This may be the first and last horse racing post you'll ever see on this site. But there's something about the fascinating world of horse breeding that I can't resist.
As you know, when big-time race horses are finished their careers, they are put out to stud. It turns out their DNA is worth more than they are.
A few years ago, Smarty Jones was sent to Kentucky to frolic in the bluegrass fields… and have sex- not unlike the male protagonist in Nicholas Sparks books. This week, however, the stud (literally) returned to the Philly area, where he will continue to – you guessed it – screw.
In his final year in Kentucky, Smarty Jones was bred to less than 50 mares. By the time he is finished in 2011, he will have been bred to 200 mares.
"Smarty is a very, very fertile horse and a very good breeding horse," McEntee said. "You're in and out in 5 minutes. He loves his job. He's the type of horse that has to be bred every week during the offseason to keep everything flowing."
Stallion manager Danny Suttle, a very experienced 23-year-old, gave two visitors a tour of the stallion barn, showing off the holding area where the mares are readied, the huge breeding shed where the mares get jumped by the teaser stallions before the real stallion is led in to do his work.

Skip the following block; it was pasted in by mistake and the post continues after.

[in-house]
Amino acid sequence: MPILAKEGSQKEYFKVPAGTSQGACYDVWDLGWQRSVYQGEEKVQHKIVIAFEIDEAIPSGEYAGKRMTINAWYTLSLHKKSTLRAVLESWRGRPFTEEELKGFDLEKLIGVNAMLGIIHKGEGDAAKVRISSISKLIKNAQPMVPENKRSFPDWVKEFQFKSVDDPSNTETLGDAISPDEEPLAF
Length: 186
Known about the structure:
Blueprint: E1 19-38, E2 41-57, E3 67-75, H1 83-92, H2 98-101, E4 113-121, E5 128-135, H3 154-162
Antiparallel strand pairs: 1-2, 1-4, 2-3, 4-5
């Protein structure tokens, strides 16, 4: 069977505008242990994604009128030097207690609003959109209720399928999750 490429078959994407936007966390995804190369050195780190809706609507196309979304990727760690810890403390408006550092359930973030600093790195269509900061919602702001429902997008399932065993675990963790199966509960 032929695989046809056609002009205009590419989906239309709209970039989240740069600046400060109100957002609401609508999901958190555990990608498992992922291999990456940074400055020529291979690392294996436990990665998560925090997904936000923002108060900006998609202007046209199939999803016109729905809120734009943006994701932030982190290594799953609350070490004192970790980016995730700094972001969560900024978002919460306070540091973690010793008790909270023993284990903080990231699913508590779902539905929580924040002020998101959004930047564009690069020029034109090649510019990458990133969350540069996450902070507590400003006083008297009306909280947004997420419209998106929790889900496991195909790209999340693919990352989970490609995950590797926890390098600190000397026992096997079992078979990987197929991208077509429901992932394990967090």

Smarty shares a barn with Jump Start, E Dubai and Grand Reward.
"Smarty's a rock star," Suttle said. "If he ran the Belmont as fast as he breeds, we'd have a Triple Crown winner."
I sort of envision Pat Burrell's life being something like this.
There's more: Not only will Smarty breed – does math – 150 more times in 2011, but that total will also include 100 horses from Uruguay, where our stud will head to in July for the Southern Hemisphere breeding season (winter there). I'm going to go ahead and guess this has something to do with dark, cold nights and romantic fireside escapades, but I could be wrong.
The purpose of the trip is to match Smarty with more willing partners and double his output.
"His fertility is unbelievable," McEntee said. "I think we had one or two horses come back not in foal first go. The national average is 60 percent."
After breeding, they know within 15 days if a mare is in foal. The gestation period is 11 months.
If the demand is there, a Ghost Ridge stallion breeds three times a day – 9 a.m., 1 p.m. 7 p.m.
"A stallion needs 4 hours to recuperate," Suttle said.
Smarty is efficient, but not much for foreplay.
"It's 6 seconds from start to finish," Suttle said. "Smarty will just walk away – it's all about me. Other horses will half fall asleep."
Good God, he's got the seed strength of Schwarzenegger and the stamina of a Jason Biggs. A selfish stud, he is.
Smarty Jones: Better than you.